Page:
Hi all, it’s Eric. On Friday, clothing brand North Face signed onto an advertiser boycott of Facebook Inc., joining civil rights groups’ calls for the company to crack down on hate speech. The Anti-Defamation League, the NAACP and other groups charged that the social media company’s permissive stance fueled racism that endangered Black people, and demanded more intervention. So far, much of that work has fallen to a small army of content moderators, several of whom say they have contracted post-traumatic stress disorder on the job.
There’s been great reporting on the poor conditions endured by these workers, who are often employed by contract firms, and receive low wages and few benefits. Facebook in particular has taken a reputational hit for the way its moderators are treated. Then again, tech companies like Reddit Inc. and Nextdoor.com Inc. don’t pay their moderators anything at all. Instead, they rely on thousands of volunteers, who subject themselves to similar stresses, apparently due to their own sense of communitarianism.
I recently wrote a story about Reddit in particular, where moderators are now pushing back against violent imagery, endemic racism and misogyny on the platform. One Reddit moderator coded a computer program to help protect users from harassment. Another, a retired schoolteacher in her late 60s whose son initially turned her onto the site, now fills her day moderating dozens of subreddits—the company’s term for individual message boards—with tens of millions of total members. “I still don’t know why I do this at the end of the day. I never have been able to tell myself the exact reason,” said Therese Singer, the former English teacher. She asked to be identified by her maiden name because she feared retaliation online.
There’s certainly more satisfaction to be had shaping a Reddit community or your neighborhood Nextdoor page than applying Facebook’s content policies to the disconnected posts of strangers. But it has always been common for Reddit moderators to get exhausted and quit. Now, many of them are demanding the company better protect them and other users by implementing a policy banning hate speech and cracking down on corners of the site dedicated to prejudice or abuse. Absent from the list of demands of the group, which calls itself r/AgainstHateSubreddits, is to be paid for their labor.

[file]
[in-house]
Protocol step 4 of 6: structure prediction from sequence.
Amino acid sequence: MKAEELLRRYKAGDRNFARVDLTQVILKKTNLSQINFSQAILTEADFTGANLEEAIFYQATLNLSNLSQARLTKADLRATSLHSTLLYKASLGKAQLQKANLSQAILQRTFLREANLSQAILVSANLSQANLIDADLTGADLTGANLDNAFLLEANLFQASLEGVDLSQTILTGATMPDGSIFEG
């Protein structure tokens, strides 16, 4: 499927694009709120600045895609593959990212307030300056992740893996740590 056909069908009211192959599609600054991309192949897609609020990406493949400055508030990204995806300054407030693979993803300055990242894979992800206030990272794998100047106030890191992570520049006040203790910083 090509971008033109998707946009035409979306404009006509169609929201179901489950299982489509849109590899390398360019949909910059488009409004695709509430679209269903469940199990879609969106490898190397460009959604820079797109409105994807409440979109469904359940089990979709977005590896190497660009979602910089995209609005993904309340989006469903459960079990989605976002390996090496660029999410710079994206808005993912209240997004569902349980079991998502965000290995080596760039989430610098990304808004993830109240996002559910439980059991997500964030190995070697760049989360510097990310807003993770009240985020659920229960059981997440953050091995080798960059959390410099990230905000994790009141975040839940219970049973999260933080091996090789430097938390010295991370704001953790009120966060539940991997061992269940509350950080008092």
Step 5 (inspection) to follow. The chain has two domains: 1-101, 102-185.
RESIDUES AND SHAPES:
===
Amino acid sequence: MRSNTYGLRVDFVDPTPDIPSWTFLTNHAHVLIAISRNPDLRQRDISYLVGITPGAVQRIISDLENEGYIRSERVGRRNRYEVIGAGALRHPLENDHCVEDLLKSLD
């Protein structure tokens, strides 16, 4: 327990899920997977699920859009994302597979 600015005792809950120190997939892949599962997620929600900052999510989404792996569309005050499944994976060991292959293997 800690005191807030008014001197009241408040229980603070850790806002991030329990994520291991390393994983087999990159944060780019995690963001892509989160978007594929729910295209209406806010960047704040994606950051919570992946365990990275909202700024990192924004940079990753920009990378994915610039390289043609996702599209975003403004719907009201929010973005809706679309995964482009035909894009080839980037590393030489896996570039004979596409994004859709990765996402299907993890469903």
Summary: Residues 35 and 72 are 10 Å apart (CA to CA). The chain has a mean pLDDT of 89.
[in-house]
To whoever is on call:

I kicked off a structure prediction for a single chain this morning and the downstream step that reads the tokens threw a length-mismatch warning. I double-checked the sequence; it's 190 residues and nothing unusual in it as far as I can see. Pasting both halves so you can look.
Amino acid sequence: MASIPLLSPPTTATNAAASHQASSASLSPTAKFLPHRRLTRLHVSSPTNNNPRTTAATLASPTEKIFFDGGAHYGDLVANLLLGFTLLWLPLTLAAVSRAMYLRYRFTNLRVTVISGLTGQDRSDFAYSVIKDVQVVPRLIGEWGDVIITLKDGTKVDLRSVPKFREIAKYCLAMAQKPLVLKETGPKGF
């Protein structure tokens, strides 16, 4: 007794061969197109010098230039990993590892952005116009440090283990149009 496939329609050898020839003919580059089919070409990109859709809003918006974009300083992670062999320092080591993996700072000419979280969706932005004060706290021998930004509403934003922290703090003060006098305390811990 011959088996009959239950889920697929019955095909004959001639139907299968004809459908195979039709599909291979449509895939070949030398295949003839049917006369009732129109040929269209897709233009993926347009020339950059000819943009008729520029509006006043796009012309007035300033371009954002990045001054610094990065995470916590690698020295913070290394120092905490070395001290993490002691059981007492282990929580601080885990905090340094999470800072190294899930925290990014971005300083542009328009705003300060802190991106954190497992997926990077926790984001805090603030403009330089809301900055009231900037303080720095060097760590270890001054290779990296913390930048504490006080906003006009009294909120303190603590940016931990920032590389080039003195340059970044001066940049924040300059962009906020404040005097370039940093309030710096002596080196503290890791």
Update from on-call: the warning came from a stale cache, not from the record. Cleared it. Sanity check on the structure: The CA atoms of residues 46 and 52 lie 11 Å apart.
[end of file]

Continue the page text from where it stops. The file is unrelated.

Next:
Singer said she’d like to be paid but just doesn’t think it’d ever happen. Another moderator involved in the protest, TheYellowRose, saw good reason not to turn the activity into a job. “I don’t want to be a Reddit employee because that then means I have to follow their rules,” said TheYellowRose, who asked to be identified by her screen name because she is already the target of regular online abuse. “I reserve the right to cuss out any racist that comes in my inbox.”
Unlike Facebook moderators, both Reddit and Nextdoor volunteers feel a sense of ownership over their communities, which can aggravate tensions. At Nextdoor, some of the site’s moderators filtered out Black Lives Matter posts over the last month, citing restrictions on posts that solicit donations or violate other guidelines. This led to criticism about the censorious nature of Nextdoor’s restrictive content guidelines. Then, when Nextdoor endorsed the Black Lives Matter movement, some of its volunteer moderators were upset that they had been essentially swept up into a cause they didn’t support.
There is a middle ground between paid and volunteer approaches: Site administrators and community managers can help make moderators’ tasks more manageable and make sure their feedback is getting implemented. In their call to action, Reddit’s r/AgainstHateSubreddit (co-signed by moderators in more than 800 communities) asks the company to hire more community managers. Reddit gets the benefit of free labor. The company should be able to hire enough employees so that moderators don’t feel the need to mount another rebellion. —Eric Newcomer